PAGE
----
What is taking up the most of your time and passion these days? What are your goals?
Most of my time these days is spent on the road for Digital Science, speaking on the current state and future of digital research, from the implications socially, to the technical considerations one must keep in mind in order to ensure they’re building a system of maximum use to their audience, in line with that community’s behaviours and expectations.
Outside of spending time on the speaker circuit – both informally in London and on the road – I organise a number of events, including Sci Foo. While my main passion is to make research more efficient, I also love to connect people, and do so through an upcoming sister event to Science Online NC – Science Online London – as well as a side project I run with my tech partner-in-crime Matt Wood called ‘sameAs’. It’s an informal monthly geek meetup in London set in a pub, where we aim to bring together folks from all walks of life and interests around one set topic. You can find out more at http://sameas.us . There’s a tremendous value found, in my opinion, in conversations at the fringe with those outside of your immediate circle of “usual suspects”. sameAs strives to help facilitate those interests, as well as get people to think slightly differently about topics such as sound, visualisation, impact and reputation and the like.
What aspect of science communication and/or particular use of the Web in science interests you the most?
Personally, my interest lies a bit further upstream than the communication of science – in how the web can (and should) affect the actual research process. We still are a ways away (though the technology exists) from having the efficiency that modern e-commerce systems such as Amazon or eBay allow for getting materials, doing better search. We’re getting there, and some disciplines are much further along than others, but we’re still far from having that well oiled machine that really, truly reduces some of the bottlenecks to research and allows for those at the bench to do better science. That’s where we’re focusing our attention at Digital Science – on using technology to help make knowledge discovery, information management and research administration (the “incentives” issue) easier. That to me is the most fascination aspect of how the web can really transform science, and we’re starting to see this already.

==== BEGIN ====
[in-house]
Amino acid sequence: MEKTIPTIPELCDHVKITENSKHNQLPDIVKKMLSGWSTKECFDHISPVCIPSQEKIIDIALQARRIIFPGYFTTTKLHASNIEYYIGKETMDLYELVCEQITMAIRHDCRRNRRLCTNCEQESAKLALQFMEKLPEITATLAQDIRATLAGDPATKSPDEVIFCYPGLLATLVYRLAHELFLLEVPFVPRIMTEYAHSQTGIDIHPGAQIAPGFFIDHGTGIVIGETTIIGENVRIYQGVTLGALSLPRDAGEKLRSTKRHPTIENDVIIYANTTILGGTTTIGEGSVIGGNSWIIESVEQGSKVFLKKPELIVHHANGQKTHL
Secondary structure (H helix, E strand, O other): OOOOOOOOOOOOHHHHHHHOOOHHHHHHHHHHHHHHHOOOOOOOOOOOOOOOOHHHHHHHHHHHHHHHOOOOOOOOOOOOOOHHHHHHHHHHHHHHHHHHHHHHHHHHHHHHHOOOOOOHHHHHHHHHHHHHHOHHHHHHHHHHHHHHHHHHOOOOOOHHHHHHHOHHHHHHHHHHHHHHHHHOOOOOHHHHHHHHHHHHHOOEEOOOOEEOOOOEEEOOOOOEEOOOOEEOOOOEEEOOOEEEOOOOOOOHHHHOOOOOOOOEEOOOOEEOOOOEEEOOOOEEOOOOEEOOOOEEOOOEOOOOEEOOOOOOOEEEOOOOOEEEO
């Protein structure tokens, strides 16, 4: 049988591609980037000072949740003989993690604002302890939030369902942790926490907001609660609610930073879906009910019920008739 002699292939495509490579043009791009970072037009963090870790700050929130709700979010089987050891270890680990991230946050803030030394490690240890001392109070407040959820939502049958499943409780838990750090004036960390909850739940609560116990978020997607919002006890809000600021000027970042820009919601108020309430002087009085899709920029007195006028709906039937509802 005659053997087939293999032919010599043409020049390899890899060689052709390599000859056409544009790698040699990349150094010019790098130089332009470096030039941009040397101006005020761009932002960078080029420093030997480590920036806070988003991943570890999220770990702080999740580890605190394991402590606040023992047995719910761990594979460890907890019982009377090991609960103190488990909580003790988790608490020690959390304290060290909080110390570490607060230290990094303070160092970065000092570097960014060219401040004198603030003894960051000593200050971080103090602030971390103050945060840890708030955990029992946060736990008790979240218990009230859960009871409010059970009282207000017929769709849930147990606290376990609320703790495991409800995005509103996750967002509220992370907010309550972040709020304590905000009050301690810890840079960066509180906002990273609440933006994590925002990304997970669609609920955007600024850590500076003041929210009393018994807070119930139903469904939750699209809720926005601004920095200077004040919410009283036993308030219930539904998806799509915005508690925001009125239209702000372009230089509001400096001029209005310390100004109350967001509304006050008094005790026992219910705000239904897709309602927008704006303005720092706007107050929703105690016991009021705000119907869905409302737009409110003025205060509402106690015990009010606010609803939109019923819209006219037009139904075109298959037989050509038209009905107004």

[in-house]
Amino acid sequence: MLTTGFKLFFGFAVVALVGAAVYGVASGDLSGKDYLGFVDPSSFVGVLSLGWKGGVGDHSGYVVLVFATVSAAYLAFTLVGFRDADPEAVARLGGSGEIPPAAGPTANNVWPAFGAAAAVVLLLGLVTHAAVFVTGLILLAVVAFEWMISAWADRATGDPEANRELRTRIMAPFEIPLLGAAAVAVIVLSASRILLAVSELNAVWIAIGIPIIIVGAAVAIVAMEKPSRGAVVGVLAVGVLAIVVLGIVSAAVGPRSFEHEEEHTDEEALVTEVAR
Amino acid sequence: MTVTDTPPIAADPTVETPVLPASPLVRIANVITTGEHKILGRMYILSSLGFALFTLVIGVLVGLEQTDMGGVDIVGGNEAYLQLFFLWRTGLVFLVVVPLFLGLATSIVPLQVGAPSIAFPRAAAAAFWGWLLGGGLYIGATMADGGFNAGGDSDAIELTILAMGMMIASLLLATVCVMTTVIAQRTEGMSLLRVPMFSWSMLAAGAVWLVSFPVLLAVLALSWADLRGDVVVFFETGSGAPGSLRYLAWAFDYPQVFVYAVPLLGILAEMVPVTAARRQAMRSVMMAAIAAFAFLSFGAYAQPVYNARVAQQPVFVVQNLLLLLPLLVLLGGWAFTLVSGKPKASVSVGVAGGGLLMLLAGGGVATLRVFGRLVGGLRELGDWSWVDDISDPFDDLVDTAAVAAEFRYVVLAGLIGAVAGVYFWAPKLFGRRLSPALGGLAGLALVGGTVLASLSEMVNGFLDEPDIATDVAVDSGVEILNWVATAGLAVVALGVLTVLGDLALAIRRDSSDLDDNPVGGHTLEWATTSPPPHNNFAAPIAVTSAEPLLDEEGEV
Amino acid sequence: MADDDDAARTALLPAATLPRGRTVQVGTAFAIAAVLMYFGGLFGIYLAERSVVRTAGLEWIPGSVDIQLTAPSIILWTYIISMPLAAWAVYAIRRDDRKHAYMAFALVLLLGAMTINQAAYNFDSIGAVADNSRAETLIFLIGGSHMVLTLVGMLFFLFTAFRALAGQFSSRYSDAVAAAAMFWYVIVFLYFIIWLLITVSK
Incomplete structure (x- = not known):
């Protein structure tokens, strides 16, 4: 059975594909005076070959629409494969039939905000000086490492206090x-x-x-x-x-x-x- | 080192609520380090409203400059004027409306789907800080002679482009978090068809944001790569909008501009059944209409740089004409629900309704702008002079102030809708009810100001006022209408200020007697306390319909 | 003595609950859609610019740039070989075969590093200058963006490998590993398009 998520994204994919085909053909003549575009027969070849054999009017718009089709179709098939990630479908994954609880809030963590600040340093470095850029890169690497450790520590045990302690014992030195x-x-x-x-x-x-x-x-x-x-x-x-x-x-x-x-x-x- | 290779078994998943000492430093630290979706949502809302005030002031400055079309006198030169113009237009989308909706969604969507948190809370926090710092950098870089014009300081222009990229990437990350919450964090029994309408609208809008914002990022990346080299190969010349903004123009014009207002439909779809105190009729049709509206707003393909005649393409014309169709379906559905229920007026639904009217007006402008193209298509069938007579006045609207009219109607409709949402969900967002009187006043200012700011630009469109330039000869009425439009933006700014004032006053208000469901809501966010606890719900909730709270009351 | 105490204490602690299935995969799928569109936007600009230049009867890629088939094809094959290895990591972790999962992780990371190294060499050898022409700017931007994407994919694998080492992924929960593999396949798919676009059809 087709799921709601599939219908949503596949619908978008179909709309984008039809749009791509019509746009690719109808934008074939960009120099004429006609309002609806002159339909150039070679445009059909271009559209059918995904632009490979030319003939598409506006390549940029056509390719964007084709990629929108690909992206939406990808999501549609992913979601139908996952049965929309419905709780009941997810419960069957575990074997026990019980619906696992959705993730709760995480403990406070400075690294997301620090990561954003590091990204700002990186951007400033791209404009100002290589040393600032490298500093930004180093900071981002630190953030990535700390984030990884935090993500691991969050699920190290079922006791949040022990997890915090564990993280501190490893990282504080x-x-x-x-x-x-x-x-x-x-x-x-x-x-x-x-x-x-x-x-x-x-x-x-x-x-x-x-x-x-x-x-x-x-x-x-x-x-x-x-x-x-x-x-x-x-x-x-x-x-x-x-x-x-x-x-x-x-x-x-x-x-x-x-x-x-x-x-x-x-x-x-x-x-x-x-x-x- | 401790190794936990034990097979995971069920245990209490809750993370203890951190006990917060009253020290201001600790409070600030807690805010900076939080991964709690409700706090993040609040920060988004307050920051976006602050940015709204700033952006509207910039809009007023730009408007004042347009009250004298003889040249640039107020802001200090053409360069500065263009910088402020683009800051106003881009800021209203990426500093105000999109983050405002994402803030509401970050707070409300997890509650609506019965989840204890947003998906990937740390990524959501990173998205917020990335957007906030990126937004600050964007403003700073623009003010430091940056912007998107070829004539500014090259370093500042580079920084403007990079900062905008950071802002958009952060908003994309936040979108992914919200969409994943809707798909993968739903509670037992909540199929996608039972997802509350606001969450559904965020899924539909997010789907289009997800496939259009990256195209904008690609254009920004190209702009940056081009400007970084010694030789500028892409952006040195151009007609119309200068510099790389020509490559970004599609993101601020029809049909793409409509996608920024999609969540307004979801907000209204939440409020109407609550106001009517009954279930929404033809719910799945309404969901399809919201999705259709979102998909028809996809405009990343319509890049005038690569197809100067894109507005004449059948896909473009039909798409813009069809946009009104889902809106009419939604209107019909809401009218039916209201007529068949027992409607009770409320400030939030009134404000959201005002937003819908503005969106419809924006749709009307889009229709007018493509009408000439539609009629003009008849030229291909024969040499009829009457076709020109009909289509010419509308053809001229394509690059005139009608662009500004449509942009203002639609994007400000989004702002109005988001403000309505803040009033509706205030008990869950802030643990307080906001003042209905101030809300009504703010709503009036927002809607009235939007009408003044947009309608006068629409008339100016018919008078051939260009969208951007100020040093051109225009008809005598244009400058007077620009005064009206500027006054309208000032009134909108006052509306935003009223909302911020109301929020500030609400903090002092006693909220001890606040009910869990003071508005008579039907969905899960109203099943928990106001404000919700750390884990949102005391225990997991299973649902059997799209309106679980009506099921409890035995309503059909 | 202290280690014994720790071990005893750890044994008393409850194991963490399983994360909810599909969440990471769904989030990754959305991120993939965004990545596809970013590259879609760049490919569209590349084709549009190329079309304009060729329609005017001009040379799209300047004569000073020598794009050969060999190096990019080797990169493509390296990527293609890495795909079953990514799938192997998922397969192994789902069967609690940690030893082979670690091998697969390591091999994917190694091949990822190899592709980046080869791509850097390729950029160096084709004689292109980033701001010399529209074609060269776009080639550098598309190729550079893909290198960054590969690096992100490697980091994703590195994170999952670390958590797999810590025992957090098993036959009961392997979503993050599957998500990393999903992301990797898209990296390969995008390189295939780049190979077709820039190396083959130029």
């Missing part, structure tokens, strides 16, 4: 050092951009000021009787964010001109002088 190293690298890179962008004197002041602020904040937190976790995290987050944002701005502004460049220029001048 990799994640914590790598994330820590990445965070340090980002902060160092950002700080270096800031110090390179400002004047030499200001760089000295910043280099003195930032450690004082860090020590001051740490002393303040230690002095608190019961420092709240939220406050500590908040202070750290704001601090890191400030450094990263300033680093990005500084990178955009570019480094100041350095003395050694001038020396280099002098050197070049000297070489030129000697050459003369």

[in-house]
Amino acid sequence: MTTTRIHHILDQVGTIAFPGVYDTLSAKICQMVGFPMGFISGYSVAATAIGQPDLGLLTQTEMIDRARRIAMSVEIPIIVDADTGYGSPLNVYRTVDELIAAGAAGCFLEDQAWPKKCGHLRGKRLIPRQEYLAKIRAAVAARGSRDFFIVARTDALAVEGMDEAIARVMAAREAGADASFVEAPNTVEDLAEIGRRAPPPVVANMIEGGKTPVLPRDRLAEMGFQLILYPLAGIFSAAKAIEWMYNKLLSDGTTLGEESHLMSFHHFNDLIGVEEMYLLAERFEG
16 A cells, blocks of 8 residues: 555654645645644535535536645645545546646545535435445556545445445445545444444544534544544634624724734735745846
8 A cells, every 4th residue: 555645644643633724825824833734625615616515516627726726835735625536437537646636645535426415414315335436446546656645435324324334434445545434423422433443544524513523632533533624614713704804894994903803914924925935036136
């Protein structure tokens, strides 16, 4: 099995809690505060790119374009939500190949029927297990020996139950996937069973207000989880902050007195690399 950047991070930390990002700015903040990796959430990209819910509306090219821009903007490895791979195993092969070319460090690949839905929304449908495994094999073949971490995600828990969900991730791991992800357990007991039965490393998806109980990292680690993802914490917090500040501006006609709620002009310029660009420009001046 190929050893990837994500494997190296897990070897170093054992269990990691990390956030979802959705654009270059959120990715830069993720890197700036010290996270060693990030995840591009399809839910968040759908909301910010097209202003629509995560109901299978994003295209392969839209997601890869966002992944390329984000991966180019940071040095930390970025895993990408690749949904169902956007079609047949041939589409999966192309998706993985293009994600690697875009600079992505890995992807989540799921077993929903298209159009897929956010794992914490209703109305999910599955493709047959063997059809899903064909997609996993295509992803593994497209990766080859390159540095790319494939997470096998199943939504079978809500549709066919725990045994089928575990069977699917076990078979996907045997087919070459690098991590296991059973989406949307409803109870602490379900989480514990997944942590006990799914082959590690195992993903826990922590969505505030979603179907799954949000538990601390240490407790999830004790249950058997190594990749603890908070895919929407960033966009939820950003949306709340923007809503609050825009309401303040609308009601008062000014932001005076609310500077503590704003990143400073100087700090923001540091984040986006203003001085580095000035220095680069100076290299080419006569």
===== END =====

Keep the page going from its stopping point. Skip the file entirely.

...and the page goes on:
When and how did you first discover science blogs? What are some of your favourites? Have you discovered any cool science blogs by the participants at the Conference?
Peter Suber’s Open Access News (if that counts as a science blog) was my first introduction into this space. On the more sciencey side, I love Derek Lowe’s “In the Pipeline” and Vaughan Bell’s “Mind Hacks” (having had the opportunity to get to know both Derek and Vaughan at Sci Foo). There’s a treasure trove of content here, and I know I’ll forget someone key here if I try to list them all, so … I won’t try. Perhaps I should just take a snapshot of my RSS Reader (though that’d likely just show you how backlogged I am with my reading … ).
What was the best aspect of ScienceOnline2011 for you? Any suggestions for next year?
The breadth of Science Online was staggering – and I tip my hat to Bora and Anton for not only bringing in such impeccable speakers, but really broadening the scope of the event beyond science blogging (where it got it’s start). I always enjoy the opportunity to put names with faces, which I was able to do at this year’s event, as well as finally join the bill (after having to unfortunately cancel a few year’s back). Absolutely tremendous job, guys, and thank you for letting me be a part of it.
Thank you so much. See you soon at Science Online London, and hopefully again in January at ScienceOnline2012.